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Failed Promises For Early Education Programs


It turns out that the budget cuts that are affecting Head Start come at a time when spending on early childhood education is shrinking across the country. From 2011 to 2012, state funding for pre-kindergarten dropped by half a billion dollars - that according to her recent report from the National Institute for Early Education Research at Rutgers University.

The director of the institute, Steve Barnett, is with us now. Welcome to you. Thank you so much for joining us.

STEVE BARNETT: Thank you, happy to be here.

MARTIN: Now, Steve, your group found that funding for early childhood education or for early education has gone down by $1,000 per child in the last decade. So that trend would have started before these specific budget cuts that we're talking about, these sequestered budget cuts. So what's behind that trend? Why is this happening?

BARNETT: Well, I think there are two things behind the trend. First, long-term, a tendency to favor enrollments over quality and not putting enough money and to keep quality going. And second, the Great Recession really devastated state revenues. And early childhood education is much more discretionary than other programs. It took a heavier hit. So over $500 of that $1,000 decline was in the last year.

MARTIN: From a practical perspective, do you have a picture of what this looks like, fewer hours of operation, fewer students, fewer supervisors? What's it look like on the ground?

BARNETT: Well, all of those things. So fewer students enrolled. If you look across Head Start, state-funded pre-K, local programs, before the sequester enrollment was already down at the very time eligibility was up because of the recession. And then programs had to make cuts in quality. So class sizes were larger. Teacher salaries were cut. Length of day was - length of the year might have been shorter.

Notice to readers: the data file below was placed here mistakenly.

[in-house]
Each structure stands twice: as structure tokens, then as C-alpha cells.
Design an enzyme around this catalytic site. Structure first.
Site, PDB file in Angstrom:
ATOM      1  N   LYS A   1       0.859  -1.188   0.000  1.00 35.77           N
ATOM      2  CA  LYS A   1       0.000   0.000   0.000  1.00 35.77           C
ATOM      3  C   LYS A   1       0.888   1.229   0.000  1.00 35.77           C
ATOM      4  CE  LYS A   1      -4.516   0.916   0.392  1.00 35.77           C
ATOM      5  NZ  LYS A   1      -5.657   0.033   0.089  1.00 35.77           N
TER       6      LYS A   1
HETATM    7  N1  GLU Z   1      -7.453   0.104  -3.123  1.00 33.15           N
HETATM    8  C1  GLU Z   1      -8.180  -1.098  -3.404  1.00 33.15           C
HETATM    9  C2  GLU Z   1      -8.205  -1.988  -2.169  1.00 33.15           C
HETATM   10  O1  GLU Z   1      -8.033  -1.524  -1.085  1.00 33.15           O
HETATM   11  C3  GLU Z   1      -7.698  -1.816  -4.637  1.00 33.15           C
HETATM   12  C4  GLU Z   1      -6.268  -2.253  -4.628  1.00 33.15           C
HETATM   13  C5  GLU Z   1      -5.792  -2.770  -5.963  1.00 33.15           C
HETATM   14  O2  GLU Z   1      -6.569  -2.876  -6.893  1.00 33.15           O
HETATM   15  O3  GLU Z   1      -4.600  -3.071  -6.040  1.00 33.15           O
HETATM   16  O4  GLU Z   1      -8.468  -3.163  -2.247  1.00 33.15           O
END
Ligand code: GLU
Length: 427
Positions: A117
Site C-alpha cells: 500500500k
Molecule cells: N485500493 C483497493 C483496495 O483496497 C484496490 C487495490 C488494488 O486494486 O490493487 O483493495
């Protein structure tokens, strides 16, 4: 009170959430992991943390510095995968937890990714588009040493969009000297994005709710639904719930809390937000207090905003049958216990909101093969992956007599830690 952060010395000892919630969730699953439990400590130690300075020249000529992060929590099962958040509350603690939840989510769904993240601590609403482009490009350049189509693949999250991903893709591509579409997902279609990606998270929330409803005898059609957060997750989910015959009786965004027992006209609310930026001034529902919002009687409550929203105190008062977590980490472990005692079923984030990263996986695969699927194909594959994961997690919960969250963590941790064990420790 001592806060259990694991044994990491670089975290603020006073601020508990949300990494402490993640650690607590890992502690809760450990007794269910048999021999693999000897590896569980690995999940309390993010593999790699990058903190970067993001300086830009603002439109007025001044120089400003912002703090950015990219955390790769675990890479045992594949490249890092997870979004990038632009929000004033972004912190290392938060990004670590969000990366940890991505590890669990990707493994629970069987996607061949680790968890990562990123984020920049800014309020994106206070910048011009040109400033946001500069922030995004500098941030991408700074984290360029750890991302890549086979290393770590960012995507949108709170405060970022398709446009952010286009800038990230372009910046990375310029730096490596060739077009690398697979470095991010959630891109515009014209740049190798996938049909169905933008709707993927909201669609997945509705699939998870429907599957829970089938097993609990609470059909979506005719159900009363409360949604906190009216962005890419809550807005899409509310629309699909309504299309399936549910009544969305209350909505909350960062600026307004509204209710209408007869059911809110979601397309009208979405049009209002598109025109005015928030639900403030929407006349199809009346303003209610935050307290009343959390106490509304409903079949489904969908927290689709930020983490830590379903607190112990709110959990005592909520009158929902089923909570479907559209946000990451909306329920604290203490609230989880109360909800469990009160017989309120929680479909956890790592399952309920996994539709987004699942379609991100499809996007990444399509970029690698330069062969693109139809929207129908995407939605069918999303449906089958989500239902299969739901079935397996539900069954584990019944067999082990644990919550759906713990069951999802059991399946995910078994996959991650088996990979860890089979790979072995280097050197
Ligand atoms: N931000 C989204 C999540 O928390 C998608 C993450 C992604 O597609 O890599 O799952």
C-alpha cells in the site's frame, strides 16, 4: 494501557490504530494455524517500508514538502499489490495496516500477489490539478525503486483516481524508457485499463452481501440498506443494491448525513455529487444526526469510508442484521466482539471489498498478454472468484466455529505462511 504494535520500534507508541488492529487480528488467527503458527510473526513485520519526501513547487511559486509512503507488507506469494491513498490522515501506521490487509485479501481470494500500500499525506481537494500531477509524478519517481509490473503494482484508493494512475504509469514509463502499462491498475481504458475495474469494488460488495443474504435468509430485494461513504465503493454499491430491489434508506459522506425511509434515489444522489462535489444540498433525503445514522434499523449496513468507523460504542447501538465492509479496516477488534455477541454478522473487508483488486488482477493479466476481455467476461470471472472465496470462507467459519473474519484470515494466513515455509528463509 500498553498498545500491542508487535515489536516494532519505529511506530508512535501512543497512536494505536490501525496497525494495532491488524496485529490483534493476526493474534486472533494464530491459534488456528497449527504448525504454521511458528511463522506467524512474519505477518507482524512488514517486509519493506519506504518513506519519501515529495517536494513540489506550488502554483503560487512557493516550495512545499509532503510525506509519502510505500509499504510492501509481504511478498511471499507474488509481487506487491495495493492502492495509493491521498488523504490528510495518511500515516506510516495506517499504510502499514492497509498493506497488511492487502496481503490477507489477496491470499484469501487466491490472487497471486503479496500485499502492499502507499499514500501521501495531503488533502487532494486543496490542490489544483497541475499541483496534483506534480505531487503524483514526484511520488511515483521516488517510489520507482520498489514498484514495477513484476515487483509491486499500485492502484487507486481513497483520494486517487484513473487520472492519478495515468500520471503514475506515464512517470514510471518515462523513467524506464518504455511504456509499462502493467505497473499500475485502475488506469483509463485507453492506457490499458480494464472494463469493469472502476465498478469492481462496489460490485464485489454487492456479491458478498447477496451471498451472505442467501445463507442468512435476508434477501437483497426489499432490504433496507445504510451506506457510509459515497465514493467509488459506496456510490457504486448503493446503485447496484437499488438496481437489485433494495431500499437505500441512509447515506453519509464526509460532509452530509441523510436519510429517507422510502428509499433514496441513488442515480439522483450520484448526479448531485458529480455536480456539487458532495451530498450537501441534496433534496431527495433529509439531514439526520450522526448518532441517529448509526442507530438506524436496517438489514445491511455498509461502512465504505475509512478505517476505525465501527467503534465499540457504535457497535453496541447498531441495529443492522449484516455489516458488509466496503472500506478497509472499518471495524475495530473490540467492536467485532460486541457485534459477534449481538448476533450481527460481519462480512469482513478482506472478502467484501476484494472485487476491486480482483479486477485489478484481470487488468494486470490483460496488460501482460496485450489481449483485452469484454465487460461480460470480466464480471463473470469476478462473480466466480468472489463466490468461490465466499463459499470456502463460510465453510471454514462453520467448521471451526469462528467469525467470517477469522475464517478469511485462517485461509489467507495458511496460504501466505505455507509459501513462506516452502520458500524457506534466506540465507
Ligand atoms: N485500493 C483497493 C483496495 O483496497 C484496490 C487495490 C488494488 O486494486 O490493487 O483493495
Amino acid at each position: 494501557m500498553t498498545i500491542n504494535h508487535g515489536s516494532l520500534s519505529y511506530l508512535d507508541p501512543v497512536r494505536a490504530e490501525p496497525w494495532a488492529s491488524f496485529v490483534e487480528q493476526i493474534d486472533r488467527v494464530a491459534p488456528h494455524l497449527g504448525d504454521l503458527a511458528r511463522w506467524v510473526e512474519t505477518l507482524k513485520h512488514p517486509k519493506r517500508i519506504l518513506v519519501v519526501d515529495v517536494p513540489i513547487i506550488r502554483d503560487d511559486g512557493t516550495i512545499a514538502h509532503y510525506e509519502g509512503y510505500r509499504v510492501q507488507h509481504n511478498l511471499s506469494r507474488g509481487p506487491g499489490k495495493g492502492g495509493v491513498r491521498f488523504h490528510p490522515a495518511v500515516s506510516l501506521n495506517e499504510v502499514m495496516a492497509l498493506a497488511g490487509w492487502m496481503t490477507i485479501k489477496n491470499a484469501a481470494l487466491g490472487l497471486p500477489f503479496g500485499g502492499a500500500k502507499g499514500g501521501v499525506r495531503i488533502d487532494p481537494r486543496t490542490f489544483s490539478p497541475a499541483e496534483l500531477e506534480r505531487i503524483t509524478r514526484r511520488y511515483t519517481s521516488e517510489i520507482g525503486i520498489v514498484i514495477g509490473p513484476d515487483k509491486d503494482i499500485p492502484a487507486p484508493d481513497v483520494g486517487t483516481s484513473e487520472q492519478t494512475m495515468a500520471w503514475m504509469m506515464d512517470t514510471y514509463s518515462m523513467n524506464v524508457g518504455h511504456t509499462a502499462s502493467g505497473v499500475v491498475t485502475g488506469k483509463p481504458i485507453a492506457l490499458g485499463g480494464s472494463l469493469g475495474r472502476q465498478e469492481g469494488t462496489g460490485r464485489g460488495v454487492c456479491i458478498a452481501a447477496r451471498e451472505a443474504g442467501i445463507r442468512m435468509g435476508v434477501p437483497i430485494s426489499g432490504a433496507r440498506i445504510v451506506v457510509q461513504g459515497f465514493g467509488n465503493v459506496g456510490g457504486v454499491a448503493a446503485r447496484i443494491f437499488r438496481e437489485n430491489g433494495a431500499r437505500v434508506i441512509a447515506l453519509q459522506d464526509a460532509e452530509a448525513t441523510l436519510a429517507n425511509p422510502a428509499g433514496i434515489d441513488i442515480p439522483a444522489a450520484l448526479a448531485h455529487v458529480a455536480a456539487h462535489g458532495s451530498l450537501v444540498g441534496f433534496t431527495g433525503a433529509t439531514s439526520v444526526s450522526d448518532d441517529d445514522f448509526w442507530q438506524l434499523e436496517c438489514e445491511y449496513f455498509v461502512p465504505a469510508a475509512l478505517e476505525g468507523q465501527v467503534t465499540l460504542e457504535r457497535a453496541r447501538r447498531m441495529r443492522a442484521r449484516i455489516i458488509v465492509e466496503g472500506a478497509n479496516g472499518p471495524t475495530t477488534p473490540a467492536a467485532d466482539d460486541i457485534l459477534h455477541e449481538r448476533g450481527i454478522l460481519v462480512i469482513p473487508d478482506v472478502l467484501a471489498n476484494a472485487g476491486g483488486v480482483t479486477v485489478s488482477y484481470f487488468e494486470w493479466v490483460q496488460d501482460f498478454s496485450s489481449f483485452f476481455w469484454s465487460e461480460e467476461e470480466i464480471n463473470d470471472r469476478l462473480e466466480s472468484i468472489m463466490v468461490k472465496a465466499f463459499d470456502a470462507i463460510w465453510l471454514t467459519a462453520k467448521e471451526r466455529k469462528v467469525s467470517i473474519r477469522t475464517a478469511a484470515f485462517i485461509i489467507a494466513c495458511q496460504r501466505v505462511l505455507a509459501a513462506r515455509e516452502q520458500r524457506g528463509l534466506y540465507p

Some programs probably moved from full day to half day. And at the state level, capacity to monitor program quality, evaluate, work on continuous improvement, that actually got cut first and hardest.

MARTIN: You know, in your research you found that not all states were actually cutting funding. Some states are actually increasing funding. Can you talk about that?

BARNETT: Absolutely. Most states cut funding, but some states moved in the other direction. Wisconsin's an example of a state that added 5,000 new slots for preschoolers during the recession. Right now, Governor Patrick in Massachusetts and Governor Snyder in Michigan have both proposed massive, multi-year increases in preschool, really bucking the trend. And a number of other states, Alabama's an example of the state that is pushing forward with modest increases despite difficult times.

MARTIN: Can you talk a little bit about the - if you feel comfortable doing this, I'm interested in sort of the politics of this. I mean, are there - there are some issues in which there is a clear philosophical divide around certain policies. Some people think that certain things are important; some people think that they're not. Is there a philosophical divide around this issue, or is there simply states looking for places to save money?

BARNETT: Right. I find there's an informational divide because it's not a partisan issue. It's not a conservative-liberal issue. You have a Republican in Michigan and a Democrat in Massachusetts at the same time proposing big increases despite tight budgets, and they've done that by prioritizing preschool.

But I think some places just see it as - some people just see it as babysitting. They do not understand, as we heard in the last segment, that this is an important part of a child's education. It's important for ensuring that kids are successful in school.

Legislators, governors that understand that make it a high priority. Those that don't understand that and think it's just high-priced babysitting, they see it as a place to cut.

MARTIN: I'm going to bring our education correspondent Claudio Sanchez back in with us. He's here with us for this - for this part of our conversation, as well. Claudio, thanks for staying with us.